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The Fifth Petal – Witchcraft Revisited

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Brunonia Barry is another contemporary author who can deftly embroider three narratives into a single story. The Fifth Petal takes place during three different time periods—the Salem witch trials of 1692, three Halloween murders in 1989, and another sudden death in 2014. In this novel, Rafferty, the Salem chief of police, not only starts investigating the 2014 occasion but also begins to piece together threads that will tie these three disparate moments together.

The focal point is Halloween and Salem witchcraft throughout the centuries. All three young women murdered in 1989 were descendants of the condemned witches hung in the past. When killed, they were exorcising their ancestors and the past. The young daughter of one of them, Callie, hid in the bushes when her mother and two friends died. Traumatized, she hasn’t been back to Salem for a quarter of a century. But when Callie reads about the 2014 death, she learns that Rose, her youthful mentor and a woman often accused of the 1989 murders, is still alive and now is being questioned about the most recent Salem mystery.

Thus, Callie returns to Salem and joins forces with Rafferty to determine what actually happened on that fateful Halloween in 1989. Several ingredients bring life to their search for the truth. One is almost mystic, as Barry probes the boundaries of white witchcraft and black witchcraft. Might the occult be blamed for Callie’s mother’s death? Barry tiptoes around the supernatural, but never allows mysticism to vanquish either truth or storytelling. I, who am normally suspicious of the paranormal and who tries never to read books that deal with witches and banshees, found The Fifth Petal quite logical and persuasive. Barry does an excellent job of going far enough but not too far.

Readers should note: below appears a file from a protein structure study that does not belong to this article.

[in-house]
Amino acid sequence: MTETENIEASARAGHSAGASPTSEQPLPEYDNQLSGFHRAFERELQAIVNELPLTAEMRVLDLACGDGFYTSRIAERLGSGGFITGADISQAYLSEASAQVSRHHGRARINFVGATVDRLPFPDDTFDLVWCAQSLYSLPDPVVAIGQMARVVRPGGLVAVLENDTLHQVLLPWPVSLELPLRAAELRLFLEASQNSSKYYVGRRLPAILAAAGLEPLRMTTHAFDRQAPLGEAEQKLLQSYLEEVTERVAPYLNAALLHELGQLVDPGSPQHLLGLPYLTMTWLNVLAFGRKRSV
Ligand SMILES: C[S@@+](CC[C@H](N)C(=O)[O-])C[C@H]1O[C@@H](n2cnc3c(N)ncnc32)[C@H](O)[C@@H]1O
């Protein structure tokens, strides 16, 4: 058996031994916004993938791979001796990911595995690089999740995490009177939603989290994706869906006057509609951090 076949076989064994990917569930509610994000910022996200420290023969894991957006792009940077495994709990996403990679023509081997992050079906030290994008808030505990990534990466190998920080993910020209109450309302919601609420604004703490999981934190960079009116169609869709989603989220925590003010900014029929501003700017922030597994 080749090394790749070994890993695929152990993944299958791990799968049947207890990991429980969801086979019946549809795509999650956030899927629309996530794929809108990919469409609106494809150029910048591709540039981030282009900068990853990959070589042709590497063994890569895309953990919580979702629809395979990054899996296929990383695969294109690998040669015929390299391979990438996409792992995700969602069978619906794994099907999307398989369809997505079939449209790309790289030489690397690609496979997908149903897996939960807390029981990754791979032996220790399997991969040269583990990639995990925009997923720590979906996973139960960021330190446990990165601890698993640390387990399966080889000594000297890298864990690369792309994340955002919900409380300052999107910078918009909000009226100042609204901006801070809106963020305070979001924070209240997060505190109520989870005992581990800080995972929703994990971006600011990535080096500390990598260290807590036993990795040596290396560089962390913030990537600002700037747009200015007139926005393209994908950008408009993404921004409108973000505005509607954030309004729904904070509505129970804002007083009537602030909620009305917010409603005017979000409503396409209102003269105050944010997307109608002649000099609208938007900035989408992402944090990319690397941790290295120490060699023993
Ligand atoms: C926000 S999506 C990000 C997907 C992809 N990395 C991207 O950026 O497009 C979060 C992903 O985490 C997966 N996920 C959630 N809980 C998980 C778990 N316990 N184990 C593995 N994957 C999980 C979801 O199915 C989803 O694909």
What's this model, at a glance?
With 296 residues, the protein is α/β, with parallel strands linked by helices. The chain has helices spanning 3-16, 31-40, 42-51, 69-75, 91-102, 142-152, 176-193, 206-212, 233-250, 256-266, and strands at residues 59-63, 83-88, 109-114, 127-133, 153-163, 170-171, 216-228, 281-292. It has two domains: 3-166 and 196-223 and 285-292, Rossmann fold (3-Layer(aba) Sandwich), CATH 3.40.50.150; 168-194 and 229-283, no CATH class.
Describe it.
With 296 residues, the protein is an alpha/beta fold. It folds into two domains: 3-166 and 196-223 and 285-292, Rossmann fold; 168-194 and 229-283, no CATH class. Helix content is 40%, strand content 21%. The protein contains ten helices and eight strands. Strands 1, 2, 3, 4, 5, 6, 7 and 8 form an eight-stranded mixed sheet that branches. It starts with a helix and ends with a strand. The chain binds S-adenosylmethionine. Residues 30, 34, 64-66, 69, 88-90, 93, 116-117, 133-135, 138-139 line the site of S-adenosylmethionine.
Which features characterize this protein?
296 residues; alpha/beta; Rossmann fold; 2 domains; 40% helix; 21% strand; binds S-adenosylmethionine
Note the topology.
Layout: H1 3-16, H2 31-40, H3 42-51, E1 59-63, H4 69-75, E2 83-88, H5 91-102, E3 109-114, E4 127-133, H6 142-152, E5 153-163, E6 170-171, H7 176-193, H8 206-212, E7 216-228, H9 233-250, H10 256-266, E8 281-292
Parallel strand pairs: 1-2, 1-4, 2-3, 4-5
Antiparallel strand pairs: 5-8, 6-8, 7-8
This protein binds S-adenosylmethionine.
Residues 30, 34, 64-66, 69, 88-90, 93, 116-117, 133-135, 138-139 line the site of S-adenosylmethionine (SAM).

Another related facet of this work of fiction is its discussion of healing. Callie is trained as a musical healer, a woman who uses music as a cancer palliative and singing bowls as psychological therapy. Rafferty’s wife Towner is a healer, too, a woman whose teas ease pain. And the matriarch of Towner’s family rules Yellow Dog Island, a shelter for abused women where battered wives and children can retreat into safety. Even the local witch, Ann, uses her gifts to cure people, not to harm them. That said, let me emphasize what I wrote in the preceding paragraph. The Fifth Petal is not a book of esoteric witchcraft or of shades of the occult. Rather, it dances around the edges of mystery while solving the real-life mysterious occasions of the Salem deaths.

In sum, I would say that The Fifth Petal is another one of those novels that “Bookin’ with Sunny” has gifted to me. I probably would not have bought it on my own, but when it appeared on my stack of Sunny books I picked it up, read the first few pages, and was hooked. From beginning to end, The Fifth Petal is a good read. The finale is fitting, too. Barry finishes her narrative tapestry with convincing chaos that makes solid sense. I finished the book with the comfort of closure, a mystery solved, and (like any good piece of detective fiction) villains brought to justice. – Ann Ronald

Also available by Brunonia Barry: The Lace Reader, The Map of True Places.

2 Responses

  1. Ann, I just finished this book and found it captivating. Part of that is the tuning into energy levels of the various characters from Callie to Ann to Towner. And Callie’s healing is very beautiful – I have heard various bowls like the ones she uses. They are extremely soothing or healing so to have this element in the book was very real to me. These womoon come from a long line of independent, courageous, and smart ancestors – therefore they were “witches” to be feared, especially in the patriarchal world that was early America, to say nothing of what’s things today.
    So yes, it is a good read and thoughtful one.

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